The company said in a statement it has hired a third party to carry out a review and is working with Alberta Health Services and Alberta Occupational Health and Safety to monitor, communicate and manage the situation.
“Our thoughts are with our employees and their families at this time as our employees isolate and focus on their health and recovery,” the statement said.
Alberta reported 887 new COVID-19 cases on Monday, of which 432 were variants of concern. Nearly 40 per cent of active cases in the province are now variants. There are 312 people in hospital, of which 76 are in intensive care.
Meanwhile, British Columbia reported 890 new cases on Monday, and 999 the 24 hours prior. Since April 1, the province has confirmed 916 new cases that are variants of concern. Of 373 confirmed active variant cases, 215 are the P.1 variant, Health Minister Adrian Dix said.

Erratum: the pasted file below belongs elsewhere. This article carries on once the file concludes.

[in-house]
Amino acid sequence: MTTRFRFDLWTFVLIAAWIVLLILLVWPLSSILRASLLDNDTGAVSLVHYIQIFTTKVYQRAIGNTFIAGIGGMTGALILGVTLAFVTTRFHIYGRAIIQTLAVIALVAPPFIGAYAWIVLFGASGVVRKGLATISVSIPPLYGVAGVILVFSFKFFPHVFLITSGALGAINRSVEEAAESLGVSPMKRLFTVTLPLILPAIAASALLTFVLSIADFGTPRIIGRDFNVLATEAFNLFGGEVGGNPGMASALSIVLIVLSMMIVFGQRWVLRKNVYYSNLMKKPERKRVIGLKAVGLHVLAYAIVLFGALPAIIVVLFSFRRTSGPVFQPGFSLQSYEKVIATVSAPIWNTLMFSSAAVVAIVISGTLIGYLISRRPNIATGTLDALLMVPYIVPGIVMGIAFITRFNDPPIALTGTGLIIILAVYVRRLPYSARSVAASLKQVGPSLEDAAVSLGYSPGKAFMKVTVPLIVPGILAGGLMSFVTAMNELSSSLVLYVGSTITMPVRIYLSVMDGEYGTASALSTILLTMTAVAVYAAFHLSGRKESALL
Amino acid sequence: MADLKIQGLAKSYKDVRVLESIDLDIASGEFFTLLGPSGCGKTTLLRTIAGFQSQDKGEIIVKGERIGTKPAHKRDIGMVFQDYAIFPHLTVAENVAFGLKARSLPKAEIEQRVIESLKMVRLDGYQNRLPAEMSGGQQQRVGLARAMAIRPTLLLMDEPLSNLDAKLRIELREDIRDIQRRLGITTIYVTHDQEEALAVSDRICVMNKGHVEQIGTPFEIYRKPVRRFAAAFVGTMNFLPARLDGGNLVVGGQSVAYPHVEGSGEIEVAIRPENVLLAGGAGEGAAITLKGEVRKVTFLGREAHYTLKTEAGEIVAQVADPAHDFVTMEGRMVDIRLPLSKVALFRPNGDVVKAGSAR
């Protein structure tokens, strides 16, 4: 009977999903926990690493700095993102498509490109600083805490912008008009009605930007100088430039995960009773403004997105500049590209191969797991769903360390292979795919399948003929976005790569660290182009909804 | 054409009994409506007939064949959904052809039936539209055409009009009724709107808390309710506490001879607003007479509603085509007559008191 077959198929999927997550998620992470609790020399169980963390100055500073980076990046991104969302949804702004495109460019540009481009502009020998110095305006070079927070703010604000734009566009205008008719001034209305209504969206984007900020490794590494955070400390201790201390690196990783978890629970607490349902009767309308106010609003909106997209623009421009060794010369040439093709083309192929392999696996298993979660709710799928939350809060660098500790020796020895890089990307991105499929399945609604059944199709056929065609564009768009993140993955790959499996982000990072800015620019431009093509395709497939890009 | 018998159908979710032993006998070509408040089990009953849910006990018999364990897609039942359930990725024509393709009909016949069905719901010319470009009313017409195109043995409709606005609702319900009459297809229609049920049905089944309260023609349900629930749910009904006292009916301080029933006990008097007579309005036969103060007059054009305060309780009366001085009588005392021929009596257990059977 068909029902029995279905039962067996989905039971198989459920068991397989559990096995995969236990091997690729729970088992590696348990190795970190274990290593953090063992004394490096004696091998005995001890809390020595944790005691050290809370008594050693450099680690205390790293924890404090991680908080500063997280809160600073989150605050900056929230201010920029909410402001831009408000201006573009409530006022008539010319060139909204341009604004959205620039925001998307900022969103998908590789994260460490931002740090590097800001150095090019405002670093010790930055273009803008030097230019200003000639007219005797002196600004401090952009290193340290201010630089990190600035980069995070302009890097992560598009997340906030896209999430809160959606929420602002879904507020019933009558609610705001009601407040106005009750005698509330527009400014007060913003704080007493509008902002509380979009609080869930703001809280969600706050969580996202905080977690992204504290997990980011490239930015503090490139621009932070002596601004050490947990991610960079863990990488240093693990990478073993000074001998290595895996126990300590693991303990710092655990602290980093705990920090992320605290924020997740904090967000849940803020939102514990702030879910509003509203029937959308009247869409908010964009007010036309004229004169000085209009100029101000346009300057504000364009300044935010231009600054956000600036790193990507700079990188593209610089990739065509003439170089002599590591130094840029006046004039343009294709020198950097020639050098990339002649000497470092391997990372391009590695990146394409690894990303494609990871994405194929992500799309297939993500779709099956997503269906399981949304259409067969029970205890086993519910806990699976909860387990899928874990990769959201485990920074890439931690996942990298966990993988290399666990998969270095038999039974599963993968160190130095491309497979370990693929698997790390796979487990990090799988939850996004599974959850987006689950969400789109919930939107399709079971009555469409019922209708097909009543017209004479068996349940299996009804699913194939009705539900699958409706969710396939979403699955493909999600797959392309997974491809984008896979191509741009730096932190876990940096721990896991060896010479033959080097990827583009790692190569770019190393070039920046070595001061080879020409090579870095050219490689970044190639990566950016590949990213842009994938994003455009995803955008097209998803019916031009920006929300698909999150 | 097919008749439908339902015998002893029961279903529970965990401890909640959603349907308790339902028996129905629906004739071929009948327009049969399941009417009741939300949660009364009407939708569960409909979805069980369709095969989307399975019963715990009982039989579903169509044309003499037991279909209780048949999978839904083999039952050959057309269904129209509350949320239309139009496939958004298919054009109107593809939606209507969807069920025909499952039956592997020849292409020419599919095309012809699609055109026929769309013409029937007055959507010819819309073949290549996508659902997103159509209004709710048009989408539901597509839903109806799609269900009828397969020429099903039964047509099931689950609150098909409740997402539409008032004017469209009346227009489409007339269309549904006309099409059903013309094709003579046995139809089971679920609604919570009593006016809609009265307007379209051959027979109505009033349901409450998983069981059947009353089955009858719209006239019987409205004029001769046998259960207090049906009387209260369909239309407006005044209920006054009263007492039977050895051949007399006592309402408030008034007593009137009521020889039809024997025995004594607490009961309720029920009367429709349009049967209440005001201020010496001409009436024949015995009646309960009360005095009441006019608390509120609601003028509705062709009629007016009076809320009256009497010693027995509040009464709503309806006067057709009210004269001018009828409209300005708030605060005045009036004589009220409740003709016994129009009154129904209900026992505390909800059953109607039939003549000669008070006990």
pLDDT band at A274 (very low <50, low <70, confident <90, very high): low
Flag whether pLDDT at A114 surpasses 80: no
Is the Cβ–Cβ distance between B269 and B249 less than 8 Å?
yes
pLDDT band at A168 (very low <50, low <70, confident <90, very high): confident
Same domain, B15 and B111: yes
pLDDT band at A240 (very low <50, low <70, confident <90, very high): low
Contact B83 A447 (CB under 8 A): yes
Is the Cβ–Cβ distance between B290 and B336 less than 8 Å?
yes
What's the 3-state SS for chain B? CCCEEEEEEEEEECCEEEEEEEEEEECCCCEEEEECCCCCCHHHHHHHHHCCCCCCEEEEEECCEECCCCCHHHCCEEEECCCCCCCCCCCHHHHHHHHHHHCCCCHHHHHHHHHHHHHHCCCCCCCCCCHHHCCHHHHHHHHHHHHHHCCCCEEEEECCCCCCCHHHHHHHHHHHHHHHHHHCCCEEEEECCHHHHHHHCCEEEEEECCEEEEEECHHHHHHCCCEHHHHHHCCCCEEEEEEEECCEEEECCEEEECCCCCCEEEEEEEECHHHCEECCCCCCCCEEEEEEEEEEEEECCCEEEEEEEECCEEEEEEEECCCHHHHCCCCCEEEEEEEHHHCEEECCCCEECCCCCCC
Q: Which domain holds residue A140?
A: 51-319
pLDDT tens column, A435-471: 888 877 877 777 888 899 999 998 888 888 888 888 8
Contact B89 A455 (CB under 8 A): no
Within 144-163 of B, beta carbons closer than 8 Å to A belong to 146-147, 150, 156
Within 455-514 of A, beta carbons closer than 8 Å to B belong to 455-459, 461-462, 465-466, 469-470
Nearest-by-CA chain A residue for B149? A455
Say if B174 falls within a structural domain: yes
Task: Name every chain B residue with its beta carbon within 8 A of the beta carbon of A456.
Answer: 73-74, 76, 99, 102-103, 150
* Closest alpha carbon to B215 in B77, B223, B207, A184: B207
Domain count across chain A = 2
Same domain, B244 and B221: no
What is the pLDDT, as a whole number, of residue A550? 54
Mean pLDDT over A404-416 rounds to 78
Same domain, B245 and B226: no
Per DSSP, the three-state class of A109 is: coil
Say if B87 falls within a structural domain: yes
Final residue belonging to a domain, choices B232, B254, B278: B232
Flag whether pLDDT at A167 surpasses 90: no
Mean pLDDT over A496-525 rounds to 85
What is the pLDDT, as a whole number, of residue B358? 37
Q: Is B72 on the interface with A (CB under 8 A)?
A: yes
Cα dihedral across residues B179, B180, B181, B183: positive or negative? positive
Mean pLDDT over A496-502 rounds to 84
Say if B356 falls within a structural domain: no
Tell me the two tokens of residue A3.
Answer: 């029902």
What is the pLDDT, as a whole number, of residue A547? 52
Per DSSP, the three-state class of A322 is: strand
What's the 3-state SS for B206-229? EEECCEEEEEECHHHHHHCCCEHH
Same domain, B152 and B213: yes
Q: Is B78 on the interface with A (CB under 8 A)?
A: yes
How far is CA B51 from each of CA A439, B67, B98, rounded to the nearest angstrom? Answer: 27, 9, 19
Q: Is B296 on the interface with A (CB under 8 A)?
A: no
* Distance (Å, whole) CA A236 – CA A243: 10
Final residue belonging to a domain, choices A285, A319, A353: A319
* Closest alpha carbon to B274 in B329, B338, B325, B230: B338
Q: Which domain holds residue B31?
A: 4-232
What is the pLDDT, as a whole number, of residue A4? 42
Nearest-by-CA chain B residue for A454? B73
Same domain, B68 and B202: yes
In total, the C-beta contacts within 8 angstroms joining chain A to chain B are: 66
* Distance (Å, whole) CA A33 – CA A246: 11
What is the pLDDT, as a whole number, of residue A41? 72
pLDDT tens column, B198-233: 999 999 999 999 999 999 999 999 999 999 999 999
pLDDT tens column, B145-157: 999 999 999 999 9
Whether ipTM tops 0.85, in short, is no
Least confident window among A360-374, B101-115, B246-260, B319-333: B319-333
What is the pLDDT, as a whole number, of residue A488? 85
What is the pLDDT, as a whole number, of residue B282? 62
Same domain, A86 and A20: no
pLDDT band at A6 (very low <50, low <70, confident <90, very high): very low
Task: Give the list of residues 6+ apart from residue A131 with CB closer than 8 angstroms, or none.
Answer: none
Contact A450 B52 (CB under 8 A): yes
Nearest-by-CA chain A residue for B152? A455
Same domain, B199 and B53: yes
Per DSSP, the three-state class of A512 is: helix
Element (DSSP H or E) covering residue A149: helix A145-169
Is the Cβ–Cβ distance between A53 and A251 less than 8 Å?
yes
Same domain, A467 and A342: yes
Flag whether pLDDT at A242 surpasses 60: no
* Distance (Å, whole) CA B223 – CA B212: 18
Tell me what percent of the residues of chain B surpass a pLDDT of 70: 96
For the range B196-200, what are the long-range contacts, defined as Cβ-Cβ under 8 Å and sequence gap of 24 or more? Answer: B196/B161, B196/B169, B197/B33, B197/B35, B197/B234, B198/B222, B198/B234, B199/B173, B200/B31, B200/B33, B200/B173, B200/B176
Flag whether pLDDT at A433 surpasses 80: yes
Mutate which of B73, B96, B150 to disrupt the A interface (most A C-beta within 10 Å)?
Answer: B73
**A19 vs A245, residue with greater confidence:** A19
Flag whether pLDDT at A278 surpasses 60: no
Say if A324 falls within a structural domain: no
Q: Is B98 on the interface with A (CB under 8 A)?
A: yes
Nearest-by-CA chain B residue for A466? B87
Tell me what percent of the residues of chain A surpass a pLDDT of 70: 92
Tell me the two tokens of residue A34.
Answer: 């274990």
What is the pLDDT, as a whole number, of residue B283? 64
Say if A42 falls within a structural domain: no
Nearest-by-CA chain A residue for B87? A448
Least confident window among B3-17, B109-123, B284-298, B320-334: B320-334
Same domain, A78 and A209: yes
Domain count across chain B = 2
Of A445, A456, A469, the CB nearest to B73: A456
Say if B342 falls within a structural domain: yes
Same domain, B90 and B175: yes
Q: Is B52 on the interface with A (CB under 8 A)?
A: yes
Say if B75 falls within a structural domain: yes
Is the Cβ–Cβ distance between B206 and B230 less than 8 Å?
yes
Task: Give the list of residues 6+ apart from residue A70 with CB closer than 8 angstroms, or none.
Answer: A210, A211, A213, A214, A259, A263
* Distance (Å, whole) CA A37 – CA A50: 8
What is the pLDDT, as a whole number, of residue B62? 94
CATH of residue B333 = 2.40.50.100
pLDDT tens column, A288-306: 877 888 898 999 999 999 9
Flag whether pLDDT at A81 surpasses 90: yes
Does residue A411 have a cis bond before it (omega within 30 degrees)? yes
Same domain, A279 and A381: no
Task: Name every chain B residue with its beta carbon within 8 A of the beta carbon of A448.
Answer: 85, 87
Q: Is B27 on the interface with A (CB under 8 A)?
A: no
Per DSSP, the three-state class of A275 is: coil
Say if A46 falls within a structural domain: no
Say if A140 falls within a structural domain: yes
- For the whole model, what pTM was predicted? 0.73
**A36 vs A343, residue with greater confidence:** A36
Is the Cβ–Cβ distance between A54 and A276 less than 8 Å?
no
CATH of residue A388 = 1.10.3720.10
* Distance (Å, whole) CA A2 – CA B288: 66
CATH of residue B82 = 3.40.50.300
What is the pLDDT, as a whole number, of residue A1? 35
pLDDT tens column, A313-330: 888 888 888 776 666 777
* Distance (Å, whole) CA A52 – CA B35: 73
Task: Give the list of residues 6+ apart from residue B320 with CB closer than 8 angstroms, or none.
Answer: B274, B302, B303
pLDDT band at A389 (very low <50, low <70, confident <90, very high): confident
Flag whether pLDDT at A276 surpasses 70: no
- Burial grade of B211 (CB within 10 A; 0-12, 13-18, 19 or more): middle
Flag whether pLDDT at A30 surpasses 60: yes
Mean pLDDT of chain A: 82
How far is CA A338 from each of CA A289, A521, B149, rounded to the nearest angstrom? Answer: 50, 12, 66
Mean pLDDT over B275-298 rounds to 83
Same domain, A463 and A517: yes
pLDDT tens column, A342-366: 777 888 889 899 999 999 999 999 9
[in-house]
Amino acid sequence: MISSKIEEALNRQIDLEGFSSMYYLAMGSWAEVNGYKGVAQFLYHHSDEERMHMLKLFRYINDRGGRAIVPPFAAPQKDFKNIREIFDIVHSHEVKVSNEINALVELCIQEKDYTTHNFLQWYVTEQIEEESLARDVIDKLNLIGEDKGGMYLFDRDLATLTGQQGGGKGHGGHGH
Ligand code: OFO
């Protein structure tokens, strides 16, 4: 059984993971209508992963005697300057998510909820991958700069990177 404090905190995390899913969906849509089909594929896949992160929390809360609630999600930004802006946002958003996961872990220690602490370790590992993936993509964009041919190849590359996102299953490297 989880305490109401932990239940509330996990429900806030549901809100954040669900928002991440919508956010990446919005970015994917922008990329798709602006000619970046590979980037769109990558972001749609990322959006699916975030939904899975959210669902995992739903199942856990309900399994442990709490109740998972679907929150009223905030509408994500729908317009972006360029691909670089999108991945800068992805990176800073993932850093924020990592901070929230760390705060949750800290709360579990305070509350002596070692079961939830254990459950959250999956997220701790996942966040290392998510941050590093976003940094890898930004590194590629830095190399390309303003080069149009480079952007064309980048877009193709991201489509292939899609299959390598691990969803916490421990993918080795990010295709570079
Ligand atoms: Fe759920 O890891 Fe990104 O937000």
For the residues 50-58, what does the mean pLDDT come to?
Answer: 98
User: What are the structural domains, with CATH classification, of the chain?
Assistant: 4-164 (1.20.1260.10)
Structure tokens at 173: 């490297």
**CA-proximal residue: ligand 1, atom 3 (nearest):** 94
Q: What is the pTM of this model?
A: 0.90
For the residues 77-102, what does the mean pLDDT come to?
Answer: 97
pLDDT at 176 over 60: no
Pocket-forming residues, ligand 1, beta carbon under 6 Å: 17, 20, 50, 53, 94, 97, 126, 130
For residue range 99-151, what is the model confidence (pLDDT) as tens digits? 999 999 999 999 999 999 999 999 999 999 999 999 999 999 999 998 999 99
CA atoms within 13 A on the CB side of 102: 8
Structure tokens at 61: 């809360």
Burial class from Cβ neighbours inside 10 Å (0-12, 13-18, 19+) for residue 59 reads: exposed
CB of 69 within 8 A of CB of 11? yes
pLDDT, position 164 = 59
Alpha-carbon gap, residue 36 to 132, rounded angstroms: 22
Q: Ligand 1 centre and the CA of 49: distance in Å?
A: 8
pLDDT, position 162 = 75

From a total of 3,559 variant cases, 737 are the P.1 variant, 2,771 are the B.1.1.7 variant first identified in Britain, and 51 are the B.1.351 variant first identified in South Africa. B.C.’s first cluster of 13 P.1 cases was detected on March 9.
Emerging research has shown the P.1 variant to be up to 2.5 times more transmissible than the common SARS-CoV-2 strain. A separate study found that out of 100 people to contract COVID-19, 25 to 60 could become infected again with the variant. Younger people are also experiencing more severe disease from the variants than they are from the original virus.
Dr. Hinshaw did not disclose where the person responsible for the P.1 outbreak had travelled. However, Alberta Health on Saturday advised some reporters that it was “out of Canada,” only to issue a correction the following day saying that was inaccurate.